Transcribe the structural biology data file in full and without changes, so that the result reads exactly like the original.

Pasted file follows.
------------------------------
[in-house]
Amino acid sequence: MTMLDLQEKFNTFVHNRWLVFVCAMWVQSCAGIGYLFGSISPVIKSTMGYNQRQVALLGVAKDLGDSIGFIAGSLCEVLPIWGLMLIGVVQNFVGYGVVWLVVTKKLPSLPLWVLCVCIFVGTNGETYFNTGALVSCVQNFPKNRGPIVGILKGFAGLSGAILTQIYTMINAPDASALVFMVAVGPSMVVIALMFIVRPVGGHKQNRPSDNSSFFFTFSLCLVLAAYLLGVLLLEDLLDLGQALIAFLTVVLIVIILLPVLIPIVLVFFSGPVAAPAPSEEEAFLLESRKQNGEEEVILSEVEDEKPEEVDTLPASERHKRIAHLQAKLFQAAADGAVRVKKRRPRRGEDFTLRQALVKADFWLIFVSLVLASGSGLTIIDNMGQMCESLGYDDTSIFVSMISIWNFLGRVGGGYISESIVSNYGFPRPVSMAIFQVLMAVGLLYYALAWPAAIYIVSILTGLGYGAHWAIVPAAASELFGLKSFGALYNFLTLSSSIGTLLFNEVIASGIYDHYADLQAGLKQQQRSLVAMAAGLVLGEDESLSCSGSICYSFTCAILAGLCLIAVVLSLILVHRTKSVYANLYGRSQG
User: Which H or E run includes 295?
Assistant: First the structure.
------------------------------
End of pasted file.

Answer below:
[in-house]
Amino acid sequence: MTMLDLQEKFNTFVHNRWLVFVCAMWVQSCAGIGYLFGSISPVIKSTMGYNQRQVALLGVAKDLGDSIGFIAGSLCEVLPIWGLMLIGVVQNFVGYGVVWLVVTKKLPSLPLWVLCVCIFVGTNGETYFNTGALVSCVQNFPKNRGPIVGILKGFAGLSGAILTQIYTMINAPDASALVFMVAVGPSMVVIALMFIVRPVGGHKQNRPSDNSSFFFTFSLCLVLAAYLLGVLLLEDLLDLGQALIAFLTVVLIVIILLPVLIPIVLVFFSGPVAAPAPSEEEAFLLESRKQNGEEEVILSEVEDEKPEEVDTLPASERHKRIAHLQAKLFQAAADGAVRVKKRRPRRGEDFTLRQALVKADFWLIFVSLVLASGSGLTIIDNMGQMCESLGYDDTSIFVSMISIWNFLGRVGGGYISESIVSNYGFPRPVSMAIFQVLMAVGLLYYALAWPAAIYIVSILTGLGYGAHWAIVPAAASELFGLKSFGALYNFLTLSSSIGTLLFNEVIASGIYDHYADLQAGLKQQQRSLVAMAAGLVLGEDESLSCSGSICYSFTCAILAGLCLIAVVLSLILVHRTKSVYANLYGRSQG
User: Which H or E run includes 295?
Assistant: First the structure.